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Using conditioning on observed choices to retrieve individual-specific attribute processing strategies

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  • Hess, Stephane
  • Hensher, David A.

Abstract

With the growing reliance on Stated Choice (SC) data, researchers are increasingly interested in understanding how respondents process the information presented to them in such surveys. Specifically, it has been argued that some respondents may simplify the choice tasks by consistently ignoring one or more of the attributes describing the alternatives, and direct questions put to respondents after the completion of SC surveys support this hypothesis. However, in the general context of issues with response quality in SC data, there are certainly grounds for questioning the reliability of stated attribute processing strategies. In this paper, we take a different approach by attempting to infer attribute processing strategies through the analysis of respondent-specific coefficient distributions obtained through conditioning on observed choices. Our results suggest that a share of respondents do indeed ignore a subset of explanatory variables. However, there is also some evidence that the inferred attribute processing strategies are not necessarily consistent with the stated attribute processing strategies. Additionally, there is some evidence that respondents who claim to have ignored a certain attribute may simply have assigned it lesser importance. The results produced by the inferring approach not only lead to slightly better fit but also more consistent results.

Suggested Citation

  • Hess, Stephane & Hensher, David A., 2010. "Using conditioning on observed choices to retrieve individual-specific attribute processing strategies," Transportation Research Part B: Methodological, Elsevier, vol. 44(6), pages 781-790, July.
  • Handle: RePEc:eee:transb:v:44:y:2010:i:6:p:781-790
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    References listed on IDEAS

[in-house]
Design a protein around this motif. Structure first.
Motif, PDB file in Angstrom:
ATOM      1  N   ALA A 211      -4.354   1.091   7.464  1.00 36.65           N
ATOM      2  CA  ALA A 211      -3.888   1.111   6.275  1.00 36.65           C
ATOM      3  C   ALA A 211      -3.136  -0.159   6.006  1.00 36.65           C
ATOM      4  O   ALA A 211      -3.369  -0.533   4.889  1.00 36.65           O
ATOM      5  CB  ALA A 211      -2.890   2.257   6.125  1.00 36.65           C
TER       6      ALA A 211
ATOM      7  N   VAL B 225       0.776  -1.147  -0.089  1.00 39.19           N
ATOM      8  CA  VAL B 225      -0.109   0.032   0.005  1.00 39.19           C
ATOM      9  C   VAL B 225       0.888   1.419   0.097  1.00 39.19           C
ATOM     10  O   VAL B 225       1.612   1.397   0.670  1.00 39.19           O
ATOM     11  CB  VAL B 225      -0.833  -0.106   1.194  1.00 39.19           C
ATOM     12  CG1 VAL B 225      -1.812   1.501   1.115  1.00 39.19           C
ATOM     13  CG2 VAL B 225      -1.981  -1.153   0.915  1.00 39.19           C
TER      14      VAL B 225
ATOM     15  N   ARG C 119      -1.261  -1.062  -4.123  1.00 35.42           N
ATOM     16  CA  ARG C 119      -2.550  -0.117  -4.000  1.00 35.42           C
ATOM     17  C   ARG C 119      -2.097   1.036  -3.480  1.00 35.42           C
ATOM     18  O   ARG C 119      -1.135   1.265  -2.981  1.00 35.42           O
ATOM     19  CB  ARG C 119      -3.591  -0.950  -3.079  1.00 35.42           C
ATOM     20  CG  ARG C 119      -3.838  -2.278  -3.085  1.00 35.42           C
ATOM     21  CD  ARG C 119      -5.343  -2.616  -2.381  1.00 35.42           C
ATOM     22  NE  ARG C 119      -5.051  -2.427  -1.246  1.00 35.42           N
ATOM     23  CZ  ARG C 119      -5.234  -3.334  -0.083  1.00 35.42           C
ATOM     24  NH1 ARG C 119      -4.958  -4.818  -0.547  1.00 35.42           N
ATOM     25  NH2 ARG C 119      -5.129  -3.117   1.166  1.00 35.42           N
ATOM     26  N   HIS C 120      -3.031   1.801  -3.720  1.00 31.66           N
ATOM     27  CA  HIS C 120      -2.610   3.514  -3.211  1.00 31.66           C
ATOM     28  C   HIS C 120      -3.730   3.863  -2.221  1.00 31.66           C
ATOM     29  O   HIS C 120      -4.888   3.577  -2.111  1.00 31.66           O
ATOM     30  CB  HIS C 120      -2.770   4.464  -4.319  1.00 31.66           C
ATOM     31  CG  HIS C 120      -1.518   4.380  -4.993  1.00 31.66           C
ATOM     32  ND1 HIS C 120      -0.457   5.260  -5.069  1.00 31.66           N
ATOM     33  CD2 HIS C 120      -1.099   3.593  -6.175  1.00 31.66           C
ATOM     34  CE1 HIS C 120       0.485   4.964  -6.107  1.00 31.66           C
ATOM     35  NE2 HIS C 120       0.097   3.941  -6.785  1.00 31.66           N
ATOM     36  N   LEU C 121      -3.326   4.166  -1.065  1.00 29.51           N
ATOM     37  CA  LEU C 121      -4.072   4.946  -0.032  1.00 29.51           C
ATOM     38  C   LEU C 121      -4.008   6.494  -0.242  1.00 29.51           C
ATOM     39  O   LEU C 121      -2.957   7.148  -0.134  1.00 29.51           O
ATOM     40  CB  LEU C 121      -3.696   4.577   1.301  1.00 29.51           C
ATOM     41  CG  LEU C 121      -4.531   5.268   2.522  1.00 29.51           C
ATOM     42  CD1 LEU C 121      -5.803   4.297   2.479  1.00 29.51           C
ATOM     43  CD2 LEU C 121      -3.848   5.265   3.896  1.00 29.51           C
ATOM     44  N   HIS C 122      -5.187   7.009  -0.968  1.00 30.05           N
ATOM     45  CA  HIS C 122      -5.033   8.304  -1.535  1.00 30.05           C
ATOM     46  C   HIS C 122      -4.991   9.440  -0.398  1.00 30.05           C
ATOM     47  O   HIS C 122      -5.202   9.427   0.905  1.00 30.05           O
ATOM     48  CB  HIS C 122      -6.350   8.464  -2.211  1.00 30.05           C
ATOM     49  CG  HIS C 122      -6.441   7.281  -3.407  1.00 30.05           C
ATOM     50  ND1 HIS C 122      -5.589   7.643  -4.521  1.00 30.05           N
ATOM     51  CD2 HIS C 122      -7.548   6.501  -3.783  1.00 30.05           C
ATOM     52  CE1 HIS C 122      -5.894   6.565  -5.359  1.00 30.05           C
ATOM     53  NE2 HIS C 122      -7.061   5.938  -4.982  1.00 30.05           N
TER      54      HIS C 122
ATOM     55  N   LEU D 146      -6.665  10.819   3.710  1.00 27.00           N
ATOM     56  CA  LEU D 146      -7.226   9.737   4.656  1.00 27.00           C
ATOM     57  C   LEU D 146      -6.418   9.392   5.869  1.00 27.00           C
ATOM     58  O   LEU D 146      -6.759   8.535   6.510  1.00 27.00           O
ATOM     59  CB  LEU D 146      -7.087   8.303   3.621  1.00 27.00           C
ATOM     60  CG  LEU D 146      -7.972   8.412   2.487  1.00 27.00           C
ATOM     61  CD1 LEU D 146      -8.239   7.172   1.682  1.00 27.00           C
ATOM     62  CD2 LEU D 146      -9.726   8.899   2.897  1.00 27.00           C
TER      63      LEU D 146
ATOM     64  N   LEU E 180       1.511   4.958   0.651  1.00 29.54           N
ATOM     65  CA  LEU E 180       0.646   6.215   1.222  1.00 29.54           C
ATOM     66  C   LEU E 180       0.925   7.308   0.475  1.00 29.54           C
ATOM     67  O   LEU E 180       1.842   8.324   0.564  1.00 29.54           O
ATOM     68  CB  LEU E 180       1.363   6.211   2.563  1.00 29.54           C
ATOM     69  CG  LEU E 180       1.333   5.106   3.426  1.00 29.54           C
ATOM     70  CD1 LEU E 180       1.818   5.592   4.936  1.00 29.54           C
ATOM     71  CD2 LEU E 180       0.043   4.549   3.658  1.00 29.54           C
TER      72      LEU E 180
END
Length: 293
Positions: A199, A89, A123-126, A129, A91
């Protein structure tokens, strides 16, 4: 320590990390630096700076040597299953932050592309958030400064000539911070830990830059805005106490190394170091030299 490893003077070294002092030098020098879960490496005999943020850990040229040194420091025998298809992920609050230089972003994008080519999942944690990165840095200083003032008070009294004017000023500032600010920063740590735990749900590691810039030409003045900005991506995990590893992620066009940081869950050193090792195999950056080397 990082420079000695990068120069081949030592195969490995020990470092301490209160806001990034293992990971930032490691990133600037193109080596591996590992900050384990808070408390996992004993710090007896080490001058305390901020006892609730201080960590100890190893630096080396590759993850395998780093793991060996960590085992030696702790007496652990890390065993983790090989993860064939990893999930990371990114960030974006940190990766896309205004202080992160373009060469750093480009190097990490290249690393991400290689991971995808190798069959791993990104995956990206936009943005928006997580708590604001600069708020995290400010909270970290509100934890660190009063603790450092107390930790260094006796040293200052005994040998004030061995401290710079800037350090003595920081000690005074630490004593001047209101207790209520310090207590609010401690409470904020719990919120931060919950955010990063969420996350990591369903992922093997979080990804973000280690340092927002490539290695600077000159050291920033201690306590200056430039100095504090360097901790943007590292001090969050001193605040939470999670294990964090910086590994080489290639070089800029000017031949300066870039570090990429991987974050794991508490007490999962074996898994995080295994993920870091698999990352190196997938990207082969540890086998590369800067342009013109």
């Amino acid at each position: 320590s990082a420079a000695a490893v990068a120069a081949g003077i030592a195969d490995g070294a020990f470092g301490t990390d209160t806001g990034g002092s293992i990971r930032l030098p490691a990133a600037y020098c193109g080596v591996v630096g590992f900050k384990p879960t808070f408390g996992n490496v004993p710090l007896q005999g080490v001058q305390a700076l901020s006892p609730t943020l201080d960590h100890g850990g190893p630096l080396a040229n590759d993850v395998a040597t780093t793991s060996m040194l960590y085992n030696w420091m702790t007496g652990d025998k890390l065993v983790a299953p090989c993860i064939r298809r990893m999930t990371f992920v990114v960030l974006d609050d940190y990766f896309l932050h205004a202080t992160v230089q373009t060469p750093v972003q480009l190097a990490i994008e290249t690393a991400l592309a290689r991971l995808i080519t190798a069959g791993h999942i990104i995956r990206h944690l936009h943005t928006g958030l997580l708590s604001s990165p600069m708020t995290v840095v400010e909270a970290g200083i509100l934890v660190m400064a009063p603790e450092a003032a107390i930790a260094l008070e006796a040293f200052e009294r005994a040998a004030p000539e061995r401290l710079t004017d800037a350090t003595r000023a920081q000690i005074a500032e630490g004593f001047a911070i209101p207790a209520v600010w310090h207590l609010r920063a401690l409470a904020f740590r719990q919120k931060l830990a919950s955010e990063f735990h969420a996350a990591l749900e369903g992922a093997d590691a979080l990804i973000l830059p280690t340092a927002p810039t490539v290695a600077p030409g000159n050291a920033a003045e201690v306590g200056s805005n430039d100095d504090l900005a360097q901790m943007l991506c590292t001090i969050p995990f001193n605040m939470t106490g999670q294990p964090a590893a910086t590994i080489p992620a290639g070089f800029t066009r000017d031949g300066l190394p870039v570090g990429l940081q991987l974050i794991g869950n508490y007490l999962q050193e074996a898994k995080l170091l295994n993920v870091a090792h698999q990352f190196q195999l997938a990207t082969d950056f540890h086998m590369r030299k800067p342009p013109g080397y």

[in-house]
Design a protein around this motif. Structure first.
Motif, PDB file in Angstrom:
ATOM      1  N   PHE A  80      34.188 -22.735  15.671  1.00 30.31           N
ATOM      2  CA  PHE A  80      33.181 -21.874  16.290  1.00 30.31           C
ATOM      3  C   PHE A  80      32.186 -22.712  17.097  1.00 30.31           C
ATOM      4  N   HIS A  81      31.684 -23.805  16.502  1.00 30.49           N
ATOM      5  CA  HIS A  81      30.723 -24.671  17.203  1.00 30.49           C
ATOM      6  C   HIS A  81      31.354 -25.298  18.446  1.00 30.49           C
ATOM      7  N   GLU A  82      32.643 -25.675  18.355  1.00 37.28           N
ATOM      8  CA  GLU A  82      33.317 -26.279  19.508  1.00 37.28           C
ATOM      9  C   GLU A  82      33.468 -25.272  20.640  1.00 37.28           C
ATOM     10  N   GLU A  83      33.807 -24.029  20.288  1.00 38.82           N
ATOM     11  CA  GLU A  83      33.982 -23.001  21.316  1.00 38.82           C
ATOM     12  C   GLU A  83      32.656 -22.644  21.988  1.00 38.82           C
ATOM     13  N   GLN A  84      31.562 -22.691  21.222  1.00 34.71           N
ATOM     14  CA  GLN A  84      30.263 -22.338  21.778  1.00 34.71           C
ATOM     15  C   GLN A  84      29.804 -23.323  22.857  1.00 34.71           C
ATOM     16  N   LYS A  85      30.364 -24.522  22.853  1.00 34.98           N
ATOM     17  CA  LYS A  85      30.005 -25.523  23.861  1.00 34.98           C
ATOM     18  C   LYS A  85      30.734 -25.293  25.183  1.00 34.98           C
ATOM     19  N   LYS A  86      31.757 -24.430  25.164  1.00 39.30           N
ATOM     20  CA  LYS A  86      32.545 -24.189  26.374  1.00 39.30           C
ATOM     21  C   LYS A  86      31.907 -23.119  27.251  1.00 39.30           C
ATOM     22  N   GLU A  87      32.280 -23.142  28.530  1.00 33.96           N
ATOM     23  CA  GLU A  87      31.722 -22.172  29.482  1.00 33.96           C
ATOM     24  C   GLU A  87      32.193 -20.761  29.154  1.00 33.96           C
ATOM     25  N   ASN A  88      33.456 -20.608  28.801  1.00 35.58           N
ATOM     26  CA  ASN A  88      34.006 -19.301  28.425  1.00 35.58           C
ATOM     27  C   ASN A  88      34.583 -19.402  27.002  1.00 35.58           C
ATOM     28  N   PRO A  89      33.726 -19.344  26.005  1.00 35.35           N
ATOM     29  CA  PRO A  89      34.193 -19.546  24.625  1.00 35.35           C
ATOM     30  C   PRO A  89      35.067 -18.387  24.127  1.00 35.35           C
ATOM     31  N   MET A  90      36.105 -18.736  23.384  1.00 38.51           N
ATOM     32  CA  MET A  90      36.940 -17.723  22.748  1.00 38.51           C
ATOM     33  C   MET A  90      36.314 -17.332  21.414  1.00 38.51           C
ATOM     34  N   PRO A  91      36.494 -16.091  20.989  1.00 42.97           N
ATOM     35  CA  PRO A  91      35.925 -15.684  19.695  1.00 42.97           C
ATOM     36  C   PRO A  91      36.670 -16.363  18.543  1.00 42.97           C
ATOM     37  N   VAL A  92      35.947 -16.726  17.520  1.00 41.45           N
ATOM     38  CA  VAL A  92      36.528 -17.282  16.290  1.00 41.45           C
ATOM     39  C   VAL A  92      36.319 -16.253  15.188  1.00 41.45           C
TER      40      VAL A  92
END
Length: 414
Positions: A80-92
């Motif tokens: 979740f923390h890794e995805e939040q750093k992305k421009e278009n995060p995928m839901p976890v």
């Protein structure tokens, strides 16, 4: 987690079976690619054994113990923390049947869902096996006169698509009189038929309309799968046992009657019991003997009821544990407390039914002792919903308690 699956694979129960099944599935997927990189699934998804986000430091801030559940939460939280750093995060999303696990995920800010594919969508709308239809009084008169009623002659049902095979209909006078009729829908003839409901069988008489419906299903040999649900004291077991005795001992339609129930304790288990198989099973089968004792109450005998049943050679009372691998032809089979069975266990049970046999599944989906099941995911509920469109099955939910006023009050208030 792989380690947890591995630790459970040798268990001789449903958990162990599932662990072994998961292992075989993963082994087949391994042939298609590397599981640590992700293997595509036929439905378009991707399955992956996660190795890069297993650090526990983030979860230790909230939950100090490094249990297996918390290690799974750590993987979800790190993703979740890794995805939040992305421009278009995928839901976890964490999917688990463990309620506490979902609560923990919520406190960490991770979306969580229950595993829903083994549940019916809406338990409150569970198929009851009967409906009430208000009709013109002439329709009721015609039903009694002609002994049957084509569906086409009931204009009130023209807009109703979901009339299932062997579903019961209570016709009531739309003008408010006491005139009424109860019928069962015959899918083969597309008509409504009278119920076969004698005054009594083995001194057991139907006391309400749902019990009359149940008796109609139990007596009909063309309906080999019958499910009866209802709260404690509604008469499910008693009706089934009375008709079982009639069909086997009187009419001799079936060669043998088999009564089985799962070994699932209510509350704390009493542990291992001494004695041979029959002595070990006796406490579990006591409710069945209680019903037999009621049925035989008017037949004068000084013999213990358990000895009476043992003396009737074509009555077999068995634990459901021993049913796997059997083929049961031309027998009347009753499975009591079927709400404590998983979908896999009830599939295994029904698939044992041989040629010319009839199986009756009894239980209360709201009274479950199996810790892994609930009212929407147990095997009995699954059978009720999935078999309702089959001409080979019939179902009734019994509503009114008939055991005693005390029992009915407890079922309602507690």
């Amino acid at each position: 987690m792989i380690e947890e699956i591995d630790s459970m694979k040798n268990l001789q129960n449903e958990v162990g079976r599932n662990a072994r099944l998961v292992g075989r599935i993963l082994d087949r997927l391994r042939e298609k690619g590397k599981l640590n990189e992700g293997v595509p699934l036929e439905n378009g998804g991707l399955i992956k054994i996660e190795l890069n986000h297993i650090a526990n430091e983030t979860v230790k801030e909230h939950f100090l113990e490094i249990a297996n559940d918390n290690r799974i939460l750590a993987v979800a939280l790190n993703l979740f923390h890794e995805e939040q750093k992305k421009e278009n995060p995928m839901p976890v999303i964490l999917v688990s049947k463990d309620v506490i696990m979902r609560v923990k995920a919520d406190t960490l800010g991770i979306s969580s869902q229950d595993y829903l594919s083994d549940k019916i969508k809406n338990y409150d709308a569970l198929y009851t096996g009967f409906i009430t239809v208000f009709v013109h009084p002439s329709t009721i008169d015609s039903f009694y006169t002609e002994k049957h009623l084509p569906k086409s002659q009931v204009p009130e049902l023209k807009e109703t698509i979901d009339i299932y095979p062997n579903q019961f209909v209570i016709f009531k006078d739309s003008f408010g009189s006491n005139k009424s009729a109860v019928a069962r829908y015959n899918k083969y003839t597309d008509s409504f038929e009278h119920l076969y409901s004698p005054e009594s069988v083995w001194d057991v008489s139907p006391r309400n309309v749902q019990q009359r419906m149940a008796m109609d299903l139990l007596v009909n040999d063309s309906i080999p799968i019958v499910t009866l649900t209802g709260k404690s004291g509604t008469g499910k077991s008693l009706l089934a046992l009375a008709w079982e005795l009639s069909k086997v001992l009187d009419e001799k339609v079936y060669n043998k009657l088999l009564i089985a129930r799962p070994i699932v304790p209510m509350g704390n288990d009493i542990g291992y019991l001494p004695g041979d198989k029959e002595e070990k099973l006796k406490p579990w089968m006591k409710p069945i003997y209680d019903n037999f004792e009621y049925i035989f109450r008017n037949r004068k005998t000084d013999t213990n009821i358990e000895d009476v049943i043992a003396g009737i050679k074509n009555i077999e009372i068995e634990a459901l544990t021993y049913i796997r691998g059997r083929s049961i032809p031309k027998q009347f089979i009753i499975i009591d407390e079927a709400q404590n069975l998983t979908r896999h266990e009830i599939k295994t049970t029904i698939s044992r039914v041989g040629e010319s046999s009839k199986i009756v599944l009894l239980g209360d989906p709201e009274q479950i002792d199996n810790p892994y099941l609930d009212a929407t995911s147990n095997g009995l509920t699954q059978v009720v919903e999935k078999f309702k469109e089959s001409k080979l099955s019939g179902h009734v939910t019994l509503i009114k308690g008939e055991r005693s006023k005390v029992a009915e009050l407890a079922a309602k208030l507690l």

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    1. Hensher, David A. & Rose, John & Bertoia, Tony, 2007. "The implications on willingness to pay of a stochastic treatment of attribute processing in stated choice studies," Transportation Research Part E: Logistics and Transportation Review, Elsevier, vol. 43(2), pages 73-89, March.
    2. Cantillo, Víctor & Heydecker, Benjamin & de Dios Ortúzar, Juan, 2006. "A discrete choice model incorporating thresholds for perception in attribute values," Transportation Research Part B: Methodological, Elsevier, vol. 40(9), pages 807-825, November.
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    6. Hess, Stephane & Rose, John M. & Hensher, David A., 2008. "Asymmetric preference formation in willingness to pay estimates in discrete choice models," Transportation Research Part E: Logistics and Transportation Review, Elsevier, vol. 44(5), pages 847-863, September.
    7. Rose, John M. & Bliemer, Michiel C.J. & Hensher, David A. & Collins, Andrew T., 2008. "Designing efficient stated choice experiments in the presence of reference alternatives," Transportation Research Part B: Methodological, Elsevier, vol. 42(4), pages 395-406, May.
    8. Hess, Stephane & Bierlaire, Michel & Polak, John W., 2005. "Estimation of value of travel-time savings using mixed logit models," Transportation Research Part A: Policy and Practice, Elsevier, vol. 39(2-3), pages 221-236.
    9. Caussade, Sebastián & Ortúzar, Juan de Dios & Rizzi, Luis I. & Hensher, David A., 2005. "Assessing the influence of design dimensions on stated choice experiment estimates," Transportation Research Part B: Methodological, Elsevier, vol. 39(7), pages 621-640, August.
    10. Swait, Joffre, 2001. "A non-compensatory choice model incorporating attribute cutoffs," Transportation Research Part B: Methodological, Elsevier, vol. 35(10), pages 903-928, November.
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